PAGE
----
Thank you for sharing!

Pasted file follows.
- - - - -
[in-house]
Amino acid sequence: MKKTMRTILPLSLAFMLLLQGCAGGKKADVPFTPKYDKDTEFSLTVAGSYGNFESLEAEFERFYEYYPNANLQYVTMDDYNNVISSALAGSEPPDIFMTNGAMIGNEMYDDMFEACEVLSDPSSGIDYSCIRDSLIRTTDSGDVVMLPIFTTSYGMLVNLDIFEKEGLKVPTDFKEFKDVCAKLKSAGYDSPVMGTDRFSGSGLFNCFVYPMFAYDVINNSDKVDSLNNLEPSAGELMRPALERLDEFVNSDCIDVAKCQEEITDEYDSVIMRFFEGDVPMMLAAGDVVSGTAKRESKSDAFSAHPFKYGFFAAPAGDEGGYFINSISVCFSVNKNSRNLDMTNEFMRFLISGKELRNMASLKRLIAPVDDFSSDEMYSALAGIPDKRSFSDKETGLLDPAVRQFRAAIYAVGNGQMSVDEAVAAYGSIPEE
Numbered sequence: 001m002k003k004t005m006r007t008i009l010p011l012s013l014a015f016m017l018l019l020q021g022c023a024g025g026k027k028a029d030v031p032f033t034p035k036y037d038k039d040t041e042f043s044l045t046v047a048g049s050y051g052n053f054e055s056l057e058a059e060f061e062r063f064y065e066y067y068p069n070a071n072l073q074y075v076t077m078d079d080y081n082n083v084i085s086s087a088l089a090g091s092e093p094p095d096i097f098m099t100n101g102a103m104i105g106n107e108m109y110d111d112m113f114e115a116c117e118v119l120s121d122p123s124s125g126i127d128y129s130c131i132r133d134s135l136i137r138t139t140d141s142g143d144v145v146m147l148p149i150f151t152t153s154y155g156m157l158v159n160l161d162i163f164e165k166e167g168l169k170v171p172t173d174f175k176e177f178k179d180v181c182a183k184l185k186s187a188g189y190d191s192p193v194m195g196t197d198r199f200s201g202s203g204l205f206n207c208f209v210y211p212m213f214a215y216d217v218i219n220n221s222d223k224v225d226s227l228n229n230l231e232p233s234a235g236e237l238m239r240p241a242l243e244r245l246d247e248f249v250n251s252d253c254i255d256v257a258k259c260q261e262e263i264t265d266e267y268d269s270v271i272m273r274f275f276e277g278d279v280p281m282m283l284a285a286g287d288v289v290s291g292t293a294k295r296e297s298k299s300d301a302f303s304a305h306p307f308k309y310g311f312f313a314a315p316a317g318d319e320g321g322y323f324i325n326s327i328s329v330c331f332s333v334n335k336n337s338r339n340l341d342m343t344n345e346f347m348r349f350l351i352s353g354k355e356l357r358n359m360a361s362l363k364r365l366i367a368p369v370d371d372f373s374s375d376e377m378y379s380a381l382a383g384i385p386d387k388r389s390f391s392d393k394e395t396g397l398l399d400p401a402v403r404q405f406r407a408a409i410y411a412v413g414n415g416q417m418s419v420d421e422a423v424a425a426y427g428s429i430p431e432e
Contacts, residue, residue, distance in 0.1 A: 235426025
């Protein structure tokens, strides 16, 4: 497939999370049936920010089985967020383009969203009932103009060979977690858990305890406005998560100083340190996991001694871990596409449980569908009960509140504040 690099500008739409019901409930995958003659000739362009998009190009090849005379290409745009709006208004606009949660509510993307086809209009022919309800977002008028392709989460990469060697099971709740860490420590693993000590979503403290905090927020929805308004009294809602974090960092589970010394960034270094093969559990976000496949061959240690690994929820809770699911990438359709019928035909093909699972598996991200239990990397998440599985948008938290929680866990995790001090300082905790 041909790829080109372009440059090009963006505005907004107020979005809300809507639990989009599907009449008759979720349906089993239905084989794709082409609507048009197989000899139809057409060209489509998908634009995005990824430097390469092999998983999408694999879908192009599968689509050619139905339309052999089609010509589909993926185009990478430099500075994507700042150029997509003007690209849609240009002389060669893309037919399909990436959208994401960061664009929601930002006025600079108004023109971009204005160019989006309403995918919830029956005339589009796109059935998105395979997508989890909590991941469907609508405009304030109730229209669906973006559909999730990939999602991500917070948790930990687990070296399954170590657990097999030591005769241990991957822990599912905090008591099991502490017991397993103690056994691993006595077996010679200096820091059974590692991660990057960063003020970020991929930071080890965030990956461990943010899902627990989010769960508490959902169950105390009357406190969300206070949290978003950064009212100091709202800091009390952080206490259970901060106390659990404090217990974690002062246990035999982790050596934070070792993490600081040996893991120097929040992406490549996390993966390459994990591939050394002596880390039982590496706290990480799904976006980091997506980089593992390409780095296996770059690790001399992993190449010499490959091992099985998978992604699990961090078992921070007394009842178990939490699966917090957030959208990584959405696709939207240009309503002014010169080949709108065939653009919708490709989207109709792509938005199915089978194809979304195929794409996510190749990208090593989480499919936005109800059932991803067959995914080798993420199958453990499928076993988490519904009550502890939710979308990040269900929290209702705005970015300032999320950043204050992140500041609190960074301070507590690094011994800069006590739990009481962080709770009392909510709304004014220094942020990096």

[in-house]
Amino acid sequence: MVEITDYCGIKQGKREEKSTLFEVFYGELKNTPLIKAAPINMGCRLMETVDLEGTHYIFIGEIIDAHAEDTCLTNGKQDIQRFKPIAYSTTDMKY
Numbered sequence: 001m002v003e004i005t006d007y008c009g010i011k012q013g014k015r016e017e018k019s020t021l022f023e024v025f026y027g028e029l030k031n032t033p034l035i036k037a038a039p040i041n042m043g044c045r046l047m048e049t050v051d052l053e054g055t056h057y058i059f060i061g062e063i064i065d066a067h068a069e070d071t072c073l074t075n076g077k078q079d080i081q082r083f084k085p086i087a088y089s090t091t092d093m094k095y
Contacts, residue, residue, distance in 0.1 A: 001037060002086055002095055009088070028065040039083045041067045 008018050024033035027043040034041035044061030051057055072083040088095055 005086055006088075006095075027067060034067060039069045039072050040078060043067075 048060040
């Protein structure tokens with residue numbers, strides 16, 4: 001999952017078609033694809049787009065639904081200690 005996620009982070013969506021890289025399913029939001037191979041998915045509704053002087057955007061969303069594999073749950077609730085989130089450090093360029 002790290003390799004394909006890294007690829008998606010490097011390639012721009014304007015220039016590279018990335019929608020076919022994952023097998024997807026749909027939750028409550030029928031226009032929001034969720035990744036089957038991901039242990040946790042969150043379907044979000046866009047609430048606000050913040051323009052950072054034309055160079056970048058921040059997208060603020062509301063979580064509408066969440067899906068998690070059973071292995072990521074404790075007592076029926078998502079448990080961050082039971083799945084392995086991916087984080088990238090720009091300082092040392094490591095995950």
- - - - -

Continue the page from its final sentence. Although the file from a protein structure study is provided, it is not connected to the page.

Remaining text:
Your article was successfully shared with the contacts you provided.